Kevin Hines jumped off the Golden Gate Bridge in 2000, but a split second after making the irreversible decision, changed his mind about wanting to commit suicide.
"The millisecond that my hands left the rail ... I had what I call an instant regret," Hines explained on The Glenn Beck Program Tuesday. "I prayed for my survival, hit the water, which is like hitting a brick wall at that speed. I shattered three vertebrae, rendering me, my legs motionless. I went down 70 to 80 feet, but I opened my eyes."
Hines said he frantically swam to the surface and was terrified when he felt something brush against his legs.
"I honestly thought it was a shark and that it was going to devour me," Hines said with a small laugh. "I was on a show some years later for suicide prevention and a man wrote into the show and said, 'Kevin, I was standing less than two feet away from you when you jumped. It has haunted me until this day. No one could tell me if you lived or died. I'm so very glad you're alive. By the way, there was no shark. It was a sea lion, and we believe it [was] keeping you afloat until the Coast Guard boat arrived...'"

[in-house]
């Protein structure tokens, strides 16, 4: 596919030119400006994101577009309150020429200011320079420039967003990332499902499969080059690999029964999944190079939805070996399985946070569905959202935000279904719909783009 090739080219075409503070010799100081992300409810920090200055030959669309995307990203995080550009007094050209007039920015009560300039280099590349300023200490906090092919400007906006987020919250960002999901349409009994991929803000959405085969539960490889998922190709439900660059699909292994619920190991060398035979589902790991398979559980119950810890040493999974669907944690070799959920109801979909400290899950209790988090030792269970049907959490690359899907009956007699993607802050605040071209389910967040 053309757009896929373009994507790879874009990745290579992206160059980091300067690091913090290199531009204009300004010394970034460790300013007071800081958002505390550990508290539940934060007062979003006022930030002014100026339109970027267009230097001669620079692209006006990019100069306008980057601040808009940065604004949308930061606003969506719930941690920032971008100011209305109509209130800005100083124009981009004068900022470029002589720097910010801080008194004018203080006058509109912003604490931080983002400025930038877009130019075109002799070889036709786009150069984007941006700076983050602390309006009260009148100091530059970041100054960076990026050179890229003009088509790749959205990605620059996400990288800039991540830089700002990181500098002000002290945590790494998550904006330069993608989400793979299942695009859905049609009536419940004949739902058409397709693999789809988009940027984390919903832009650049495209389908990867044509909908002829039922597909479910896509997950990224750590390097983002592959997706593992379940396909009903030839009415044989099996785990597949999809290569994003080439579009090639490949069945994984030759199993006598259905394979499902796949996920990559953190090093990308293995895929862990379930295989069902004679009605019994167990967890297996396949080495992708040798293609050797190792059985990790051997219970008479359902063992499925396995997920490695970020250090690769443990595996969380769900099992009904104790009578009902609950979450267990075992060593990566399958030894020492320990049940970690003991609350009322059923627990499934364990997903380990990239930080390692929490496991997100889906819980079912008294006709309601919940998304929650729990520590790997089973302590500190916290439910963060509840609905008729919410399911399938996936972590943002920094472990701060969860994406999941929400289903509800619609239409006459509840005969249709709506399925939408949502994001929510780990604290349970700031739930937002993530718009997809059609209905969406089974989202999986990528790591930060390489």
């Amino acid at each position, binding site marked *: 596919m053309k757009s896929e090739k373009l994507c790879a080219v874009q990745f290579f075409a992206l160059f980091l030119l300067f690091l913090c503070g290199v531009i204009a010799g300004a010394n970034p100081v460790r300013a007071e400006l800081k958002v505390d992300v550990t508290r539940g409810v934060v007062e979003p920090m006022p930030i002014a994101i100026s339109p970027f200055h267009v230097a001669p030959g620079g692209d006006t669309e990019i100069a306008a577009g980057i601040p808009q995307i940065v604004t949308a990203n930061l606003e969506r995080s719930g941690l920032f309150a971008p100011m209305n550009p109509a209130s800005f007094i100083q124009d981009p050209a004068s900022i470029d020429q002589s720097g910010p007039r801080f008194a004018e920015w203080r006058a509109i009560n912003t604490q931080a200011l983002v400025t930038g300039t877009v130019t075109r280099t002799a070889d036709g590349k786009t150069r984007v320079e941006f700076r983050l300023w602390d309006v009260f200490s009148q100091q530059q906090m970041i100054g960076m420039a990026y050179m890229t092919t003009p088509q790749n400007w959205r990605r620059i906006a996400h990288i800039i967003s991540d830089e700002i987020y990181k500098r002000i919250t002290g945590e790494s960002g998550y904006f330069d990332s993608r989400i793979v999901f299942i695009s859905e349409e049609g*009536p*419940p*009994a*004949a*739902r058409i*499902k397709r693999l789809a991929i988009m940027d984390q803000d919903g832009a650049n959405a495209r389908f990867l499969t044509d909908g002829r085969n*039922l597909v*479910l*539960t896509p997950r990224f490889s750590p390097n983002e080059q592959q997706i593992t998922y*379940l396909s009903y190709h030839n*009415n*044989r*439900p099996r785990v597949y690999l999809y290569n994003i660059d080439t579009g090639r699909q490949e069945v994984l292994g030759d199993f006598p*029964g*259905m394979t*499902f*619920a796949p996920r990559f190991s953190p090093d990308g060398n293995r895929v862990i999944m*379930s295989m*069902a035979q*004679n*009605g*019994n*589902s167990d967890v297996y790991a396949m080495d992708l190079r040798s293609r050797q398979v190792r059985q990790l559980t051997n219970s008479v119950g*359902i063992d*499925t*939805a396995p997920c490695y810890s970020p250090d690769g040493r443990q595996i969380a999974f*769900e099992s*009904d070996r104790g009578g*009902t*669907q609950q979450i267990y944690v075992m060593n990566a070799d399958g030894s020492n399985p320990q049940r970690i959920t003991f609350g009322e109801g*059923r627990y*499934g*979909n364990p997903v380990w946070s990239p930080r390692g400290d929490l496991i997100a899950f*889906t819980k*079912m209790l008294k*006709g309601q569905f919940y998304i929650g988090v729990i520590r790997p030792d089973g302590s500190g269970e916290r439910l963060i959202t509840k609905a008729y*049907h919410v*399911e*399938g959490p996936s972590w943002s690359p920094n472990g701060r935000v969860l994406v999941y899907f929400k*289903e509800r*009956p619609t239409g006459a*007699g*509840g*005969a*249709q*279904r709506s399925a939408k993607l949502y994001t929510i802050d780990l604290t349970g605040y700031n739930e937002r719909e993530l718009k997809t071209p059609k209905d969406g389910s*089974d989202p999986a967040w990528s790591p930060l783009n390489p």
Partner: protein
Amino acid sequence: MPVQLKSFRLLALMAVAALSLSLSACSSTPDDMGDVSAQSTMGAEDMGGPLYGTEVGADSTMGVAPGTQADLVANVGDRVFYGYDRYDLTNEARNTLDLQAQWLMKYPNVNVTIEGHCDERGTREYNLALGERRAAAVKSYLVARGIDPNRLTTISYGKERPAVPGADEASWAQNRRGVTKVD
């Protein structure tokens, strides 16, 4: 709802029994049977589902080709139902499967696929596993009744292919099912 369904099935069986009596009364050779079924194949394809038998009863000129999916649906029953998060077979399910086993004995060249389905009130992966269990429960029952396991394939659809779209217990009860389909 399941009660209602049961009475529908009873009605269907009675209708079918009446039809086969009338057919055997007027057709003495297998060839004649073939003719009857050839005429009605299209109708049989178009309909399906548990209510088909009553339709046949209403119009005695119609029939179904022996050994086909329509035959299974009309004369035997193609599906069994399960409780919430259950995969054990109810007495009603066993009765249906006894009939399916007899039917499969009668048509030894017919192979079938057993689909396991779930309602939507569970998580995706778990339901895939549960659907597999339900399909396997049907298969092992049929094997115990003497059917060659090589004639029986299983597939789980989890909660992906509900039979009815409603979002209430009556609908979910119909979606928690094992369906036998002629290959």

Hines said "many people" on the bridge saw a sea lion "circling beneath me, bumping me up."
Hines, who developed a severe form of bipolar disorder at age 17, was in the hospital for a month, and in a psychiatric hospital for much longer after that.
"I got better for about a year, but I have battled this severe mental illness since 1998," he remarked. "I have just learned the tools to cope ... and keep on living."
Hines said his illness lends itself to "extreme psychosis, paranoid delusions, hallucinations both auditory and visual, terrible manic highs and awful depressive lows."
"What I do now, as a self-aware person living with a mental illness, is, when I am suffering so deeply, I am so self-aware that I will say to my wife, 'I have to go to the hospital right now,'" Hines explained. "And I really mean right now, or it will result in my imminent death."
In the wake of actor Robin Williams' tragic death on Monday, Hines said Williams was "a beautiful man with a great heart and this immense compassion for others."
"It's a terrible loss," he concluded. "But let's go forward today and talk about prevention, because it works. Reduction of access to lethal means works, and we can learn from this."
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